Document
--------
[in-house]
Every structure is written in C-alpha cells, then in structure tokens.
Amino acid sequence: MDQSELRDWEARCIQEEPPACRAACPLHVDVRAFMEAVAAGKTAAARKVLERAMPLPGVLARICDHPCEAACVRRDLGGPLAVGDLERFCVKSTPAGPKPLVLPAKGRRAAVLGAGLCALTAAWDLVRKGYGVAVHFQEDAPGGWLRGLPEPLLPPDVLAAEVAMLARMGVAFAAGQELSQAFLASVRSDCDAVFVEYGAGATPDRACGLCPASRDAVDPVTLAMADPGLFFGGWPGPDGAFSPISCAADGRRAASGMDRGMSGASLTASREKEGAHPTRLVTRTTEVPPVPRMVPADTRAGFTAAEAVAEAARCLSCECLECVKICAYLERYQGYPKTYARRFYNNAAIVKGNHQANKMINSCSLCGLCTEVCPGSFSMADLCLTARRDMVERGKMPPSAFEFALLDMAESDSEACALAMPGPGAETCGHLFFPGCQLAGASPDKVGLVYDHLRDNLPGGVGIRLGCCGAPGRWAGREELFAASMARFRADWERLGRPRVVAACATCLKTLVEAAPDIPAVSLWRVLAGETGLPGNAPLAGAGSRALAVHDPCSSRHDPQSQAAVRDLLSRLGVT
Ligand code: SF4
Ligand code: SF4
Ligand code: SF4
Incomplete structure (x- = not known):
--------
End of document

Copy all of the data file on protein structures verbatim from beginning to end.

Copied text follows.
[in-house]
Every structure is written in C-alpha cells, then in structure tokens.
Amino acid sequence: MDQSELRDWEARCIQEEPPACRAACPLHVDVRAFMEAVAAGKTAAARKVLERAMPLPGVLARICDHPCEAACVRRDLGGPLAVGDLERFCVKSTPAGPKPLVLPAKGRRAAVLGAGLCALTAAWDLVRKGYGVAVHFQEDAPGGWLRGLPEPLLPPDVLAAEVAMLARMGVAFAAGQELSQAFLASVRSDCDAVFVEYGAGATPDRACGLCPASRDAVDPVTLAMADPGLFFGGWPGPDGAFSPISCAADGRRAASGMDRGMSGASLTASREKEGAHPTRLVTRTTEVPPVPRMVPADTRAGFTAAEAVAEAARCLSCECLECVKICAYLERYQGYPKTYARRFYNNAAIVKGNHQANKMINSCSLCGLCTEVCPGSFSMADLCLTARRDMVERGKMPPSAFEFALLDMAESDSEACALAMPGPGAETCGHLFFPGCQLAGASPDKVGLVYDHLRDNLPGGVGIRLGCCGAPGRWAGREELFAASMARFRADWERLGRPRVVAACATCLKTLVEAAPDIPAVSLWRVLAGETGLPGNAPLAGAGSRALAVHDPCSSRHDPQSQAAVRDLLSRLGVT
Ligand code: SF4
Ligand code: SF4
Ligand code: SF4
Incomplete structure (x- = not known):